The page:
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Consider this a lesson in taking app claims (and user reviews!) at face value. Uploaded on March 28th, Virus Shield was the third most popular paid app, and the most popular overall, on the Google Play Store. Retailing for $3.99, the app promised to search a user’s Android smartphone for viruses without affecting battery life. In a little over a week, it had been downloaded more than 30,000 times and had received multiple 5-star reviews.

Unfortunately, the app didn’t do anything. Well, when pressed, the app’s icon changed, but as Android Police concluded when it examined the app, there was no additional code within to do anything else.

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Nike opens Nike+ Fuel Lab, partners with MyFitnessPal, Runkeeper, and Strava

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Nike has taken another step today in its quest to become the dominant fitness tracking platform for mobile users, announcing the launch of Nike+ Fuel Lab in San Francisco. The goal of the lab is to provide a space for app developers to work with Nike and the NikeFuel platform, allowing for data sharing and syncing across partner apps and Nike’s own hardware.

As part of the launch, Nike also announced initial partnerships with popular fitness tracking apps RunKeeper, MyFitnessPal, and Strava. Nike claims that the Nike+ community is currently 28 million people worldwide, and believes integration with these services could bring over 100 million new athletes to the NikeFuel platform.

If you’re interested in learning more about Nike’s fitness offerings as summer approaches, why not check out our hands-on impressions of the Nike Fuelband SE?

SourceNike

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It’s easy to root your new Galaxy S5 with Chainfire’s Auto-root tool

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It may not be standard practice for a lot of Canadian Android owners, but there is a dedicated minority of hackers, developers and modders who will appreciate being able to root their brand new Samsung Galaxy S5.

Chainfire, one of the most well-known Samsung hackers around, has developed a tool called Auto-root for the Canadian version of the Galaxy S5, model number SM-G900W8, that takes advantage of the device’s unlocked bootloader to push the relevant root files and associated SuperSU software that facilitates access for other apps. (more…)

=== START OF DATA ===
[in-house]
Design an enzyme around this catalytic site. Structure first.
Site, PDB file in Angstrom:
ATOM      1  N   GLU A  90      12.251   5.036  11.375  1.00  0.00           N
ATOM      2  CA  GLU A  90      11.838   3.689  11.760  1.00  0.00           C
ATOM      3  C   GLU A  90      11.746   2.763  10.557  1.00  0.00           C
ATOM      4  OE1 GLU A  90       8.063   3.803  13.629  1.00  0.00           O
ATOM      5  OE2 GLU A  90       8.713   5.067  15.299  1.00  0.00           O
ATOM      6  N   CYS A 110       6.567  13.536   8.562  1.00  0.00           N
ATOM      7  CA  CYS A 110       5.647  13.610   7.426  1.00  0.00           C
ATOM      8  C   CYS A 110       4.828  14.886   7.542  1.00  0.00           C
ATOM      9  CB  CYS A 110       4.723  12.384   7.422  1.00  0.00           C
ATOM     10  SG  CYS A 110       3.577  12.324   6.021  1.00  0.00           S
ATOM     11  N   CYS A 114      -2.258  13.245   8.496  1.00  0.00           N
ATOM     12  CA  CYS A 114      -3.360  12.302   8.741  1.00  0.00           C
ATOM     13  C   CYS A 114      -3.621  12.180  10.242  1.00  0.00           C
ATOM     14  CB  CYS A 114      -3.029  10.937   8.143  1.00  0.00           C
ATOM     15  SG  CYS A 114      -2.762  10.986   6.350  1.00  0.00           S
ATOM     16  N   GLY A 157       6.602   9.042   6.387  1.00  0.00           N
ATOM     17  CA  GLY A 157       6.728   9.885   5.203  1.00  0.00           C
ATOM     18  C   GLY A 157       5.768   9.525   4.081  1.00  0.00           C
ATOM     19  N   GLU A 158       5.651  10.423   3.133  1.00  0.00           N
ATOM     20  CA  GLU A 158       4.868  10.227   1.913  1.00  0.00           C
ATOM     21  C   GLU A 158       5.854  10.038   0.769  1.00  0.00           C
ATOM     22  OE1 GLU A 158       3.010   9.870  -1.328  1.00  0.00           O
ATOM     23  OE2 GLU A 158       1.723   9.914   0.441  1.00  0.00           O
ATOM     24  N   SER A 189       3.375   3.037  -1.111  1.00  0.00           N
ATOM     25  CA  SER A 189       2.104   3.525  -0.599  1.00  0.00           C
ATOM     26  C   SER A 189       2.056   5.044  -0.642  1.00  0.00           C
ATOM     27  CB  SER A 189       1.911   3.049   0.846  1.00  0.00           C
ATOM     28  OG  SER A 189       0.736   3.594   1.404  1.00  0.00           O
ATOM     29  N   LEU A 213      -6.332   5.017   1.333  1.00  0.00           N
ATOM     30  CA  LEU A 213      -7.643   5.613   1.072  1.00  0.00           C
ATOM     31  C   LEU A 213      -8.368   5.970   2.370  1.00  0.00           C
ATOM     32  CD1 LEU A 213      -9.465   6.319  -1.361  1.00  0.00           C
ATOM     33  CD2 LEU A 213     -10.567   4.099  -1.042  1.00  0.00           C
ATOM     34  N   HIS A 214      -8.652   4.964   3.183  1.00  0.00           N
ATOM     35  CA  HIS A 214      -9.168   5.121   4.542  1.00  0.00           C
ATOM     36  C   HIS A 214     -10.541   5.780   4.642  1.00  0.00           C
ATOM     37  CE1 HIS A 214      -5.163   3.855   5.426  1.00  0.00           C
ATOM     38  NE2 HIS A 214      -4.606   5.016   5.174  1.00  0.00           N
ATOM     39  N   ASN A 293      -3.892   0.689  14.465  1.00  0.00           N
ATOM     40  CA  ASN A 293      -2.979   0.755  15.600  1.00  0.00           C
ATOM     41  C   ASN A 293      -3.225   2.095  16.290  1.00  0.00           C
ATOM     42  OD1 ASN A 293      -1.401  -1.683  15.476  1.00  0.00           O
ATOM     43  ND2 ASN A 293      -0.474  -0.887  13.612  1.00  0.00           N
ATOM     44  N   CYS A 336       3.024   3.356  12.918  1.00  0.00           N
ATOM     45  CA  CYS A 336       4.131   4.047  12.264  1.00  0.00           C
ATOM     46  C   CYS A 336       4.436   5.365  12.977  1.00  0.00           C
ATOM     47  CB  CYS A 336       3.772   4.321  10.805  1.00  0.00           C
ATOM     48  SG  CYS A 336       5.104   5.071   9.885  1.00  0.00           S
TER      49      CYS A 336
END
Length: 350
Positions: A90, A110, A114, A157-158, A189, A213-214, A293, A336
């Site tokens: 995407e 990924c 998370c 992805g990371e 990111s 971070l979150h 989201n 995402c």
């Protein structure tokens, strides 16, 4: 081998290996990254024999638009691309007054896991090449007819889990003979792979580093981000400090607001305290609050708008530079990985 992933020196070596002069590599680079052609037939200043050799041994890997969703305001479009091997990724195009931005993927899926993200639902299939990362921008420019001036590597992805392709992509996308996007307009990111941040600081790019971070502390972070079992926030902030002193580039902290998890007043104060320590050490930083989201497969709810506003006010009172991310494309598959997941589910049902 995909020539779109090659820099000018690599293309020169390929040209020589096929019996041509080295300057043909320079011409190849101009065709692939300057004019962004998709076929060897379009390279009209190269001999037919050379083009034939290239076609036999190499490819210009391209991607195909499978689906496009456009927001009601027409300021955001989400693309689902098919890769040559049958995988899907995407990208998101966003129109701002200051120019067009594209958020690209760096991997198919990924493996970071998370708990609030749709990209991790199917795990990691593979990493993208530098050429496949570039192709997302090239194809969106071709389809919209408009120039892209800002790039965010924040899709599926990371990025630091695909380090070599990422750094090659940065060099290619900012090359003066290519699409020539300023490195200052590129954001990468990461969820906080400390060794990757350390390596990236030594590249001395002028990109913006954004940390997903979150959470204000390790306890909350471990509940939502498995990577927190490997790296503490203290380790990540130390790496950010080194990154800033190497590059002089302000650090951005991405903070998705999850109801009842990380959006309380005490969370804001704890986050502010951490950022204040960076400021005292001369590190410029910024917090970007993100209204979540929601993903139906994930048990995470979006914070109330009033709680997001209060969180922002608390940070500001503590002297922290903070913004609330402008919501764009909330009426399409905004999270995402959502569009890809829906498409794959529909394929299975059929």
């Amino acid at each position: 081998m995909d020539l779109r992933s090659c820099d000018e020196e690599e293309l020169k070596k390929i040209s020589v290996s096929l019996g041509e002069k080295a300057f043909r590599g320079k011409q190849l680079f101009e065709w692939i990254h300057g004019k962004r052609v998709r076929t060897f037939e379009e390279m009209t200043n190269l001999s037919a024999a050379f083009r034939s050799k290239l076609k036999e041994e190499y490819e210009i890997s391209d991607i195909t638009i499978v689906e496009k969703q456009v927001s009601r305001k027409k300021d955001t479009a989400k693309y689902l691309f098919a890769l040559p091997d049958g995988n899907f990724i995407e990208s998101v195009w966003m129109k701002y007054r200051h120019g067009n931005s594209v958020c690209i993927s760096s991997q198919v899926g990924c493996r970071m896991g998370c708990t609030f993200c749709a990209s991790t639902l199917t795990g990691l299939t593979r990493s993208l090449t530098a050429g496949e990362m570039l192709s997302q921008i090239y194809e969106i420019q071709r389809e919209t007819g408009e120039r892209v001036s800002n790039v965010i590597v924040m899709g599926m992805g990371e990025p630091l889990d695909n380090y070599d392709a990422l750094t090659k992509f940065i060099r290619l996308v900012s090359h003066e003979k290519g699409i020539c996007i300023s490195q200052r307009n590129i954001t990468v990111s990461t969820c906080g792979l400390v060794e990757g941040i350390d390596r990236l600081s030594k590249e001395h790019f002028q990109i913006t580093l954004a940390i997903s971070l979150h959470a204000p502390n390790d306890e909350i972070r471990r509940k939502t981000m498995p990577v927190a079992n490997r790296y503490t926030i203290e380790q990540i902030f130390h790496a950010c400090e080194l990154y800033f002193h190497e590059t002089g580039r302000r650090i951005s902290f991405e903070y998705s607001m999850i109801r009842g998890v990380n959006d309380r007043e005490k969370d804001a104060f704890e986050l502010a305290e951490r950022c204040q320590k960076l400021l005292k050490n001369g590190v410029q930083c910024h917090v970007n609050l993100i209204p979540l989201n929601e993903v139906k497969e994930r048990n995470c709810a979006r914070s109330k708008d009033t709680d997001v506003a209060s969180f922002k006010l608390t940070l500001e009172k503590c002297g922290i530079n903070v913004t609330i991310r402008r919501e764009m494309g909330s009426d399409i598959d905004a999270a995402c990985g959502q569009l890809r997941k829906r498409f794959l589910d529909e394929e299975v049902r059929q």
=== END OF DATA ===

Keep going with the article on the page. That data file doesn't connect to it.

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Just bought a Samsung Galaxy S5? Remember to redeem your Galaxy Gifts

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If you just bought a Galaxy S5, you’re probably playing with it to discover the new features added to the device this year. If you can pry your finger away from the heart rate monitor for a moment, remember to take a look at the various gifts Samsung has bestowed upon you with the purchase.

On the third home screen, you’ll find a widget called Galaxy Gifts. Tap on that and log in to your Samsung Account (or reluctantly create one if this is your first Samsung device — we know, it sucks, but it’s a necessary evil) and you’ll see all the freebies Samsung has worked to offer its Canadian customers.

Not all of them are great, but some are: three months of Evernote Premium; $15 in-game credits for Cut the Rope 2; 12 months of Bloomberg Businessweek+ access; six months of EasilyDo Pro access; 50GB of Box access for six months.

Let us know which ones you’re excited for!

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Hands-on with Rogers suretap wallet mobile payment solution for Android and BlackBerry 10

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Rogers has finally launched its long-awaited suretap wallet product, available today for a number of devices, including the Galaxy S5. In fact, all future NFC-compatible Android and BlackBerry devices will arrive with suretap wallet pre-installed.

So what is it? And why use it? That’s a good question, and one Rogers is trying very hard to thoughtfully answer. At its core, suretap wallet is an open destination for cards, all types of cards, from payment to loyalty to gift. At the moment, the selection is rather barren — there is no credit card support, and loyalty is nowhere to be seen — but Rogers promises that will get better very quickly. Using the combination of a secure element, in this case a SIM card designed to store payment credentials and pass them, securely, to a payment terminal for which only the issuer has the key, a user can treat a touchless retail terminal the same way they would a physical credit card. The payment itself is processed wirelessly using near-field communications (NFC), eliminating the need to enter a PIN code or issue a signature. (more…)